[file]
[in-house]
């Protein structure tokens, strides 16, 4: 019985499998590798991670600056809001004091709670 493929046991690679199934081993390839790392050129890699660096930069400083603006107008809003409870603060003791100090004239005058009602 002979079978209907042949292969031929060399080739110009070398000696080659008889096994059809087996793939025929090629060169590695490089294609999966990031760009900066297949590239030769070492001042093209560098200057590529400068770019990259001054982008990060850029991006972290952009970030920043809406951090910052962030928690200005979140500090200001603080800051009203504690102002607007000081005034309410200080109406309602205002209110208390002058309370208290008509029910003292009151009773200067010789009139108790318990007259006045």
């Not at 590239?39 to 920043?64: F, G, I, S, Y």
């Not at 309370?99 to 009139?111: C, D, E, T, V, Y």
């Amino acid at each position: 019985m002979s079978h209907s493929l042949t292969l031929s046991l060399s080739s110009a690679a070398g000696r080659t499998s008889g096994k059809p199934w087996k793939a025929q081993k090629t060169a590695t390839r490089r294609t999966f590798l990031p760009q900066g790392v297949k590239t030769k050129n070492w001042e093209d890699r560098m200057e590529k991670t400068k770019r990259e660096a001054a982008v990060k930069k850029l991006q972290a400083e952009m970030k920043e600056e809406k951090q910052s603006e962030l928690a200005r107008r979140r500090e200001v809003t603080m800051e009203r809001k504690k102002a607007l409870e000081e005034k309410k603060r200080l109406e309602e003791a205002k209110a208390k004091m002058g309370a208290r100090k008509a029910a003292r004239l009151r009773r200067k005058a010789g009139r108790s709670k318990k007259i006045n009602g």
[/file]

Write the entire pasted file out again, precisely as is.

[in-house]
């Protein structure tokens, strides 16, 4: 019985499998590798991670600056809001004091709670 493929046991690679199934081993390839790392050129890699660096930069400083603006107008809003409870603060003791100090004239005058009602 002979079978209907042949292969031929060399080739110009070398000696080659008889096994059809087996793939025929090629060169590695490089294609999966990031760009900066297949590239030769070492001042093209560098200057590529400068770019990259001054982008990060850029991006972290952009970030920043809406951090910052962030928690200005979140500090200001603080800051009203504690102002607007000081005034309410200080109406309602205002209110208390002058309370208290008509029910003292009151009773200067010789009139108790318990007259006045």
């Not at 590239?39 to 920043?64: F, G, I, S, Y």
């Not at 309370?99 to 009139?111: C, D, E, T, V, Y």
């Amino acid at each position: 019985m002979s079978h209907s493929l042949t292969l031929s046991l060399s080739s110009a690679a070398g000696r080659t499998s008889g096994k059809p199934w087996k793939a025929q081993k090629t060169a590695t390839r490089r294609t999966f590798l990031p760009q900066g790392v297949k590239t030769k050129n070492w001042e093209d890699r560098m200057e590529k991670t400068k770019r990259e660096a001054a982008v990060k930069k850029l991006q972290a400083e952009m970030k920043e600056e809406k951090q910052s603006e962030l928690a200005r107008r979140r500090e200001v809003t603080m800051e009203r809001k504690k102002a607007l409870e000081e005034k309410k603060r200080l109406e309602e003791a205002k209110a208390k004091m002058g309370a208290r100090k008509a029910a003292r004239l009151r009773r200067k005058a010789g009139r108790s709670k318990k007259i006045n009602g």